Welding in Cold Weather

If you make your living as a welder, your customers depend on you to produce quality work. Even during the cold winter months.

Laying down a quality weld takes skill. It also takes patience, good equipment and decent weather to typically produce high quality welds.

This begs the question: What can be done to prevent weld failures which might result from cold weather?

Big welding projects are rarely stopped by cold weather. For decades determined welders have proudly worked hard through the cold winters.

Because, the job had to get done and no one else with the skills  was going to do it for them!

Through these innumerable months of cold weather, welders, whether welding in welding shops or in an oil field somewhere up north have found ways to mitigate the effects of welding in cold weather.

Let’s take a closer look at some of these ways to effectively get a welding job done correctly in cold weather.

This is accomplished through protecting themselves from the elements first. Then, by properly maintaining their equipment. And finally, pre-heating the base metals prior to welding.

Maintain Your Welding Machine

You can’t produce a good weld if your welder is broke down from the cold. Equipment maintenance should be a year-round endeavor.

However, you will need to spend extra time and attend to your welder a little more often during the cold months.

This will help prevent your welding equipment from quitting on you. Consequently, the job will get done and you will keep earning a living doing what you like to do.

The finer points of welding machine maintenance depend on your particular make and model. Therefore, you should consult your welding machine manufacturer’s instructions for their recommendations.

Nevertheless, Here are a Few Maintenance Tips for You.

Note that most of these tips are for engine driven welders. The engines are more susceptible to damage in cold weather than any other part of the machine.

  • Check and change the oil. This may hit you as a, “Well, Duh,” but having not only enough but the right viscosity range of oil could save you from costly repairs.  Cold weather will cause the oil to thicken (viscosity) and not flow as readily.  The engine needs good oil flow to protect the moving parts in your engine. Especially, upon startup. A lighter weight oil can help fight engine wear during cold starts since the lighter oil will flow to needed areas quicker.
  • Cover your welding machine. There are plenty of vendors on the internet who sell welding machine covers. You should strongly consider purchasing one. Using it, especially during cold winter months, will help keep the elements, like blowing snow and rain, away from critical parts. A cover will also keep the suns UV rays off of hoses, wiring and other plastic parts that degrade in the sun. You may  experience fewer headaches and possibly some cost savings after covering your machine.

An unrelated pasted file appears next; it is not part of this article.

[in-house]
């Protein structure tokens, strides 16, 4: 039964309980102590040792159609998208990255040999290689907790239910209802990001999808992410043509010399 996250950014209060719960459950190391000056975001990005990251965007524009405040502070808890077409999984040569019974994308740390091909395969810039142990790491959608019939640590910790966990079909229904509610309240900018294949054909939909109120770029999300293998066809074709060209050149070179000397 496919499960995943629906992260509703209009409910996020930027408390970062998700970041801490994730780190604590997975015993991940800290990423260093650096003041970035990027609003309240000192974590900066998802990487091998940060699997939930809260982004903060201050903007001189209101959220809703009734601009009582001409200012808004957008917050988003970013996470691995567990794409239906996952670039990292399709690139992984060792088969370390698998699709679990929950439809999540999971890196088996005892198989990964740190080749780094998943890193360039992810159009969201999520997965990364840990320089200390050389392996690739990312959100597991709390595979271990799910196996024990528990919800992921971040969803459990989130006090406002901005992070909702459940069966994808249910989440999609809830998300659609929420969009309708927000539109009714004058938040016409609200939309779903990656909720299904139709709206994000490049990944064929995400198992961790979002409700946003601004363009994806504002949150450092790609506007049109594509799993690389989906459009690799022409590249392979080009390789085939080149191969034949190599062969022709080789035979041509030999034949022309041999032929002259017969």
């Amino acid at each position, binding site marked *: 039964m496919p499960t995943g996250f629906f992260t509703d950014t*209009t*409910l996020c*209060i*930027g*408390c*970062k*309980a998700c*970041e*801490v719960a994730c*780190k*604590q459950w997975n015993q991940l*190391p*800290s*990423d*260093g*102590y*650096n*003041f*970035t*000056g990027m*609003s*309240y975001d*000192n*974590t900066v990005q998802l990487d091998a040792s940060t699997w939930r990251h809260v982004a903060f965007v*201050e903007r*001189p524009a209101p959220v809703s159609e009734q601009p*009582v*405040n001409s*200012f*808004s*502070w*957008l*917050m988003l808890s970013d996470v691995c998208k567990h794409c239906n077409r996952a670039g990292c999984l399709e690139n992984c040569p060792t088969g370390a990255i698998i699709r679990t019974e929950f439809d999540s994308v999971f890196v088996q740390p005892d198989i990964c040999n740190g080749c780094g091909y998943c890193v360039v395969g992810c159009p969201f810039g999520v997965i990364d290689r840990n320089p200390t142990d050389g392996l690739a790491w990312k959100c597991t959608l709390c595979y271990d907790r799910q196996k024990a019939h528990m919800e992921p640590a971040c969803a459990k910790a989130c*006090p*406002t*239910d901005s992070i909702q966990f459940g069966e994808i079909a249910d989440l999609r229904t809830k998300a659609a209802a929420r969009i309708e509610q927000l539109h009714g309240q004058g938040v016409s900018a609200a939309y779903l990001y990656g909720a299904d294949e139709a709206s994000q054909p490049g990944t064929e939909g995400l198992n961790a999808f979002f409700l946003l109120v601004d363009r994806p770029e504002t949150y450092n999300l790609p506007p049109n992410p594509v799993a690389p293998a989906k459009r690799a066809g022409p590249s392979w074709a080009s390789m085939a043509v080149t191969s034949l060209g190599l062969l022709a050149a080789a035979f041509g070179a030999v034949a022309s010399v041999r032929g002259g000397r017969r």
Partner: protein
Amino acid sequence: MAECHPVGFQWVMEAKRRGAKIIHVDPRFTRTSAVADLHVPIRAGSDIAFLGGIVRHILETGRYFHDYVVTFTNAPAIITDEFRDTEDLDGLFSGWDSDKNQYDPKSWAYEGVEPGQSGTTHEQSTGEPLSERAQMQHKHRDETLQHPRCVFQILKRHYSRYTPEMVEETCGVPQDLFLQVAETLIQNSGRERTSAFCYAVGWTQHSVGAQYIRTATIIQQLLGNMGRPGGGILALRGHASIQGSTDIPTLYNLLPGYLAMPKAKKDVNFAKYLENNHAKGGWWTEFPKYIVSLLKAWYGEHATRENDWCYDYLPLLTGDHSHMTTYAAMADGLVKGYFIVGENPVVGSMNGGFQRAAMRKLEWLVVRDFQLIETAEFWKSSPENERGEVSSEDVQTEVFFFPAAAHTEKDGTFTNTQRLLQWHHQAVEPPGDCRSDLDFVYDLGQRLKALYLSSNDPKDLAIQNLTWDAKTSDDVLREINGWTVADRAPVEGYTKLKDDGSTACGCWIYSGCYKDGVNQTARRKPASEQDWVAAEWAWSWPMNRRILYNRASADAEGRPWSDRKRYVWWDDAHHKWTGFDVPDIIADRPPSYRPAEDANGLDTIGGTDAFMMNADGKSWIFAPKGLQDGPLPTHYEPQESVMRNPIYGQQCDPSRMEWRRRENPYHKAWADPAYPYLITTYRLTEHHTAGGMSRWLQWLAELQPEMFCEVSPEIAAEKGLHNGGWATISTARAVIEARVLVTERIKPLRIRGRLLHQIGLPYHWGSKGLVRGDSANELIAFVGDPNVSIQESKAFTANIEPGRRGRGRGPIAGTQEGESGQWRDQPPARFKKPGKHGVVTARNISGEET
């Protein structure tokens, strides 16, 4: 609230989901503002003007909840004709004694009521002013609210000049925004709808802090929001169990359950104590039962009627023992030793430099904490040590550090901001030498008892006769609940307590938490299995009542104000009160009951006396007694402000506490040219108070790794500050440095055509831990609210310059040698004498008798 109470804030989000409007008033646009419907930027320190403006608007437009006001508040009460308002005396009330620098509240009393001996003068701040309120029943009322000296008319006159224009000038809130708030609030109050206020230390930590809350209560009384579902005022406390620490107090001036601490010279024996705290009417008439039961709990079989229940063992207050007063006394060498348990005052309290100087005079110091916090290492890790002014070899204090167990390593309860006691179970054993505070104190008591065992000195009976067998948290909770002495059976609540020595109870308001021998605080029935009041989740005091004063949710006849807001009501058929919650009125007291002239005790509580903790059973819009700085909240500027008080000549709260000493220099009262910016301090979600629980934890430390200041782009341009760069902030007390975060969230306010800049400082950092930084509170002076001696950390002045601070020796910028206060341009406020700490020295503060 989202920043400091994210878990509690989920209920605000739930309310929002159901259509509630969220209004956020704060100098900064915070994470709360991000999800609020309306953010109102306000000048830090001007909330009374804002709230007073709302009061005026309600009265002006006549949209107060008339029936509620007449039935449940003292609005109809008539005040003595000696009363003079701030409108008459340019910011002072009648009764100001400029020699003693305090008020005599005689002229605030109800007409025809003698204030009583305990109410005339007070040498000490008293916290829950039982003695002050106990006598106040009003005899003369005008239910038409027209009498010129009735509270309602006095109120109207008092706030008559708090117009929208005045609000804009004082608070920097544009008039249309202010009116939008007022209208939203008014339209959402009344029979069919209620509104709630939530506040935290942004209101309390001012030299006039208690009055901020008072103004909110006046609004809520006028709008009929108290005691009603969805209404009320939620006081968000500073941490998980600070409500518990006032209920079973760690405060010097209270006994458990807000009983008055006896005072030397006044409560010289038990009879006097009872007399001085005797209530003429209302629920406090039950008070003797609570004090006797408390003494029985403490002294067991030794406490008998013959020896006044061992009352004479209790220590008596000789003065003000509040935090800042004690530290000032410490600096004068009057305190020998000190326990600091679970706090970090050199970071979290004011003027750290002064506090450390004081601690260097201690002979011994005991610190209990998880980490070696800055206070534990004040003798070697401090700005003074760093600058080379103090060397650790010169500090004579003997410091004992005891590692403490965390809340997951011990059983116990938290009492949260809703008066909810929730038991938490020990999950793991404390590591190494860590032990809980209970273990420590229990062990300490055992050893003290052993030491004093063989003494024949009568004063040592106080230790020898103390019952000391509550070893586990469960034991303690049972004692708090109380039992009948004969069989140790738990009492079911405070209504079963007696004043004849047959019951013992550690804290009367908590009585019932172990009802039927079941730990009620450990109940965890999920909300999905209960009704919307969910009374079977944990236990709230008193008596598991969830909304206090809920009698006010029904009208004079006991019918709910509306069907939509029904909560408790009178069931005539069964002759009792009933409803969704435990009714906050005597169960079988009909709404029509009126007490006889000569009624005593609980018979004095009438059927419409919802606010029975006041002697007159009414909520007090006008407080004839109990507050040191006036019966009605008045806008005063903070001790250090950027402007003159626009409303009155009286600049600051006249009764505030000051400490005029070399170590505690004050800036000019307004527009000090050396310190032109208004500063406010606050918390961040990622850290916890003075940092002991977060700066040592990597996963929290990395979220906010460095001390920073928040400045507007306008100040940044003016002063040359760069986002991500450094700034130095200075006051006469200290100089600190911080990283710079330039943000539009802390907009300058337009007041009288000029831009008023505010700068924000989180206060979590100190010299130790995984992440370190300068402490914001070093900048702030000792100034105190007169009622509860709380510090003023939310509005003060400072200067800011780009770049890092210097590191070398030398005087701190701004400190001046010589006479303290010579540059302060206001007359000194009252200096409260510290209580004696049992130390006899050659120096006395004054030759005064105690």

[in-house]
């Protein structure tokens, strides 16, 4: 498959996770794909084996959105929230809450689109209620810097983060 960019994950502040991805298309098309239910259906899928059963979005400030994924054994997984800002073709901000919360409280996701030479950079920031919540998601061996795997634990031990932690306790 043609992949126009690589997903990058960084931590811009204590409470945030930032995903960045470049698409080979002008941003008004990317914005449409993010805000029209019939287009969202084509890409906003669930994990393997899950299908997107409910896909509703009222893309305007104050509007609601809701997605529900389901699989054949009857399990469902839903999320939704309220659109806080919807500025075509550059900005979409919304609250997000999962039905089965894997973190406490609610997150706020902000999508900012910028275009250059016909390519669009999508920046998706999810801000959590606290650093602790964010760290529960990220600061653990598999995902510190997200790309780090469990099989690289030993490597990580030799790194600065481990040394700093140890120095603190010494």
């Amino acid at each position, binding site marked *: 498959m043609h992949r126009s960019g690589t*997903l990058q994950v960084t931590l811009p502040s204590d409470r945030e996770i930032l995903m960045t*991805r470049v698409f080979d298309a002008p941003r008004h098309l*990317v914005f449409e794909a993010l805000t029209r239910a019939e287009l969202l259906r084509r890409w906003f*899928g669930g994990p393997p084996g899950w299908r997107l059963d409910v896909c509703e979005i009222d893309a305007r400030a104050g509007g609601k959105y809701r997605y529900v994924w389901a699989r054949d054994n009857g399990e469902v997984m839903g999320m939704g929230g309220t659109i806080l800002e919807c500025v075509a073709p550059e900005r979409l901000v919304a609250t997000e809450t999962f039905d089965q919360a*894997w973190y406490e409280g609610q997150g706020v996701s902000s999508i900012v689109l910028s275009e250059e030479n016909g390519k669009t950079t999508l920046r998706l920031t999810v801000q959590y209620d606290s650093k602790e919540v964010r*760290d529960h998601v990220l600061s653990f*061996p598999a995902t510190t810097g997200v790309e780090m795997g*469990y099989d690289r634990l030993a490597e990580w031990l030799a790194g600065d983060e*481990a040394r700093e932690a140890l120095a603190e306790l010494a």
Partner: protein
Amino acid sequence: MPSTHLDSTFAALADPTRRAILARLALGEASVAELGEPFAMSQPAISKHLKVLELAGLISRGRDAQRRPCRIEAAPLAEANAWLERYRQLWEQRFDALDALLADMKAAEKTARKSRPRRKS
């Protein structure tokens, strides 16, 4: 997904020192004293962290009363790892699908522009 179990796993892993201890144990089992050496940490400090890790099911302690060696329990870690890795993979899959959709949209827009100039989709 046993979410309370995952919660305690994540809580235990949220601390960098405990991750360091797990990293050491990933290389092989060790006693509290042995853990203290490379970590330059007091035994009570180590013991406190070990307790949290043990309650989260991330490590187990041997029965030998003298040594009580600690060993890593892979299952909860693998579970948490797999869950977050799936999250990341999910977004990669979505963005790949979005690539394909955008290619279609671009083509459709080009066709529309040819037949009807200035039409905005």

• Check and change the anti-freeze if needed. Your anti-freeze is very important in cold weather. It prevents water in your coolant from freezing and wreaking havoc on your engine. It also has additives that protect the internal metal parts from corrosion.
  • Apply a thin layer of WD-40 to all surfaces outside and inside your welder. The humidity in the air during winter months can cause your welding machine components to rust if not properly maintained.
  • Check all rubber hoses for cracking. Replace those that have become hard, brittle or cracked. Do this before they fail.
  • Treat your fuel. Stabilizers will help when the machine is not going to be used for a few weeks.

Just like us humans, welding machines need to be protected as much as is reasonable from harsh, cold winter environments.

For the professional welder, his machine is his livelihood. A serious welder will always have well-maintained equipment.

Keep Your Welding Rods Warm and Dry

Stick welding is the preferred welding method used in cold environments. Mainly due to it being more portable. And, it is best for welding thicker materials in less than ideal situations.

The stick welding process is a simple and robust process. Having said that, the electrodes or welding rods, are a potential weak piece of equipment.

This is one area which cannot be overlooked. The welding rods need to be given special attention.

Keeping welding rods warm and dry is extremely important when out in cold and wet environments.